With international aid to Afghanistan largely cut off, the Special Inspector General for Afghanistan Reconstruction (SIGAR) has released a report painting a dire picture of the country’s economic prospects since the Taliban took over.
SIGAR’s Oct. 30 quarterly report—the first since the collapse of the U.S.-supported government in Afghanistan—provides a broad overview of Afghanistan’s economic situation, as well as the agency’s activity over the past three months.
Afghanistan’s economy had been projected to grow by about 0.4 percent at the start of the year, but economists now predict a roughly 9.7-percent contraction, the report stated.
Citing sources from the United Nations, the report warned that poverty in Afghanistan could increase by 7 to 25 percent between 2020 and mid-2022.
“The UN’s analysis further warns that Afghanistan could face the prospect of ‘near universal poverty’ with around 97% of the population living below the poverty line,” the SIGAR report stated. “By September 2021, approximately 14 million people—or one out of three Afghans—were on the brink of starvation.”
Factors such as the COVID-19 pandemic and a summer drought predate the collapse of the Afghanistan government.
The economic outlook particularly dimmed when most international aid ceased in August, cutting off Afghanistan’s ability to finance its ballooning trade deficit, the report stated. The Department of State told SIGAR in October that the United States had ceased almost all aid to Afghanistan, other than some funding provided through the UN and nongovernmental organizations.
“Afghanistan’s economy has been highly dependent on imports, generating a severe trade deficit that was almost entirely financed through external aid.”
Sanctions have further shaken investor confidence in Afghanistan, leading to an outflow of U.S. dollars and causing the country’s currency to plummet, the report stated.
“The devaluation of the afghani (AFN) also impacts the Afghan economy, which could further diminish Afghan households’ ability to purchase food and other necessities,” SIGAR said of the country’s currency. “Since the collapse of the former Afghan government, the AFN has depreciated against the U.S. dollar, dropping from approximately 77 AFN to the dollar to around 90 as of October 8, 2021.”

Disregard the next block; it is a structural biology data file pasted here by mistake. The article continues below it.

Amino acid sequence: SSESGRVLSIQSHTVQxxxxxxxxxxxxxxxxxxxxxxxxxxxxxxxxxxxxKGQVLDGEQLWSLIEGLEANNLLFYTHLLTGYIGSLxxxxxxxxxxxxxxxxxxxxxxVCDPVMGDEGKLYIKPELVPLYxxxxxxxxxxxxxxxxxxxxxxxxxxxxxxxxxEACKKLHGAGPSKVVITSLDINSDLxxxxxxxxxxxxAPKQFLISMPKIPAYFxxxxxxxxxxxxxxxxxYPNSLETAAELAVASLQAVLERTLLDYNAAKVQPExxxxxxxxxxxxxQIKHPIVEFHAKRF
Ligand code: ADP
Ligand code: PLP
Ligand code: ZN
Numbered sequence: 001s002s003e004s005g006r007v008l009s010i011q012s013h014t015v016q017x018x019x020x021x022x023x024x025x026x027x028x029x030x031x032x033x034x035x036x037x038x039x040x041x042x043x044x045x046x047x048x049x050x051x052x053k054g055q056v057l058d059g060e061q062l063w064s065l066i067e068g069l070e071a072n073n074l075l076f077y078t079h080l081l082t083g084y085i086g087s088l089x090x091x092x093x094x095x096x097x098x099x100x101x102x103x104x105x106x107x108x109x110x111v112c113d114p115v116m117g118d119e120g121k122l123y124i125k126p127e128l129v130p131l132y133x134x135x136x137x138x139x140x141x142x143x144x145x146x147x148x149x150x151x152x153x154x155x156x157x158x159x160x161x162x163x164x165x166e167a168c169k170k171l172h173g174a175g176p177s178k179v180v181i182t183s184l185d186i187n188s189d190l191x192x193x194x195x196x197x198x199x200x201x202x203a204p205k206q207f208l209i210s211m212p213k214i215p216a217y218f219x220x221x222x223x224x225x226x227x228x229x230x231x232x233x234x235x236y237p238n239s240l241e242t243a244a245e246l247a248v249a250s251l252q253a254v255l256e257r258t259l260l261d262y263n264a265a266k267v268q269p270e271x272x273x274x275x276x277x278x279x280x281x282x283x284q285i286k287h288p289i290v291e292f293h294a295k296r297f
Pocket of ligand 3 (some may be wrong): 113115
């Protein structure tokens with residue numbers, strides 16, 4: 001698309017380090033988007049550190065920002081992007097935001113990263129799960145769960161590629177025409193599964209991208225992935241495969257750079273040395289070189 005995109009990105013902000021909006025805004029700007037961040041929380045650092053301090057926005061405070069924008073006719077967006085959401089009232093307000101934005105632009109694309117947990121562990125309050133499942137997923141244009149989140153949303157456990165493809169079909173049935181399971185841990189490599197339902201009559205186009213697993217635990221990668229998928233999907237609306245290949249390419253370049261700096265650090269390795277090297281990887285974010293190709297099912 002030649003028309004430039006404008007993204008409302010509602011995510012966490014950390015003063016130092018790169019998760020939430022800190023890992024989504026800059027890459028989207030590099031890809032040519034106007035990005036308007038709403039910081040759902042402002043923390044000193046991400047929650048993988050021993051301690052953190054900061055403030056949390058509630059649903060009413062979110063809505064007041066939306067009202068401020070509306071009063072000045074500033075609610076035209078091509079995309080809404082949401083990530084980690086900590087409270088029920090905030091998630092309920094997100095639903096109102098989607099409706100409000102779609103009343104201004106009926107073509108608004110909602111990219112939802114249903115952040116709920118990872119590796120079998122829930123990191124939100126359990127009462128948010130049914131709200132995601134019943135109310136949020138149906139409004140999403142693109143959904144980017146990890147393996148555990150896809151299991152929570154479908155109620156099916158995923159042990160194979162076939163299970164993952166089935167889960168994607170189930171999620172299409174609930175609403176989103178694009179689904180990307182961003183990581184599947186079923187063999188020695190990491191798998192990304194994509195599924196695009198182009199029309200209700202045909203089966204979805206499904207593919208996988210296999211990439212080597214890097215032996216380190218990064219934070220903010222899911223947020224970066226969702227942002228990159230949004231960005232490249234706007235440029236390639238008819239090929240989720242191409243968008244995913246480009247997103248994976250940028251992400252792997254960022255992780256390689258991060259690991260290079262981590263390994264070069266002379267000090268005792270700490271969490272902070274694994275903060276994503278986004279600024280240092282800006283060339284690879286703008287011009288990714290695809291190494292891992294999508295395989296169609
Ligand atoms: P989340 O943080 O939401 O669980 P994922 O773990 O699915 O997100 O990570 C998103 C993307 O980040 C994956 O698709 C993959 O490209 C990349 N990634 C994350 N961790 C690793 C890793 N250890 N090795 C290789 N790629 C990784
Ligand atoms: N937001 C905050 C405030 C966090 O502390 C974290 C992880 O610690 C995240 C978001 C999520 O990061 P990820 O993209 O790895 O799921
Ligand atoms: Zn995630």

However, the report stated that the country’s exports to major trade partner Pakistan rose by 142 percent from Aug. 16 to Sept. 30 compared to the period July 1 to Aug. 15.
“A customs official reportedly attributed this increase in trade from Afghanistan to a decline in the corrupt activities at the border crossings, such as government officials extorting drivers to pass into Pakistan with their goods, a practice that had inhibited trade.”
China could further brighten Afghanistan’s economic prospects as the relationship between the Taliban and the Chinese Communist Party (CCP) grows closer, the report stated.
The SIGAR report cited a Taliban spokesman who said in September that China would be the country’s main trading partner moving forward.
“We own rich copper mines, which, thanks to the Chinese, will be modernized. Finally, China represents our ticket to the markets of the world,” the spokesman said, according to the report.
Meanwhile, the report stated that SIGAR will continue to investigate the U.S. failures of the 20-year war in Afghanistan.
With members of both major parties in Congress calling for investigations, SIGAR said it has established task forces to probe questions such as what happened to the weapons, fuel, drones, planes, and other resources the United States provided to the now-defunct Afghan government.
SIGAR completed four audits over the past quarter that aim to help to answer these questions. One audit, for instance, found that U.S. officials weren’t checking to make sure the Afghan government was meeting criteria for receiving public aid.
“SIGAR found that [the United States] failed to hold [the Afghan government] to account by enforcing the conditions it established to create a stronger, more professional, and more self-reliant [government],” SIGAR said of its latest audit, the results of which are detailed in the quarterly report.
“As a result, DOD [Department of Defense] will never know if the [Afghan army] could have performed at a higher level in the wake of the U.S. withdrawal had DOD held them accountable for failures rather than simply performing tasks for them and providing funding regardless of actual progress,” SIGAR stated.
The report stated that SIGAR expects to complete its investigations in 2022 “and for the resulting reports to serve not only as forensic inquiries into the origins of the events of summer 2021, but also as useful cautionary and instructive guides to future contingency and reconstruction operations.”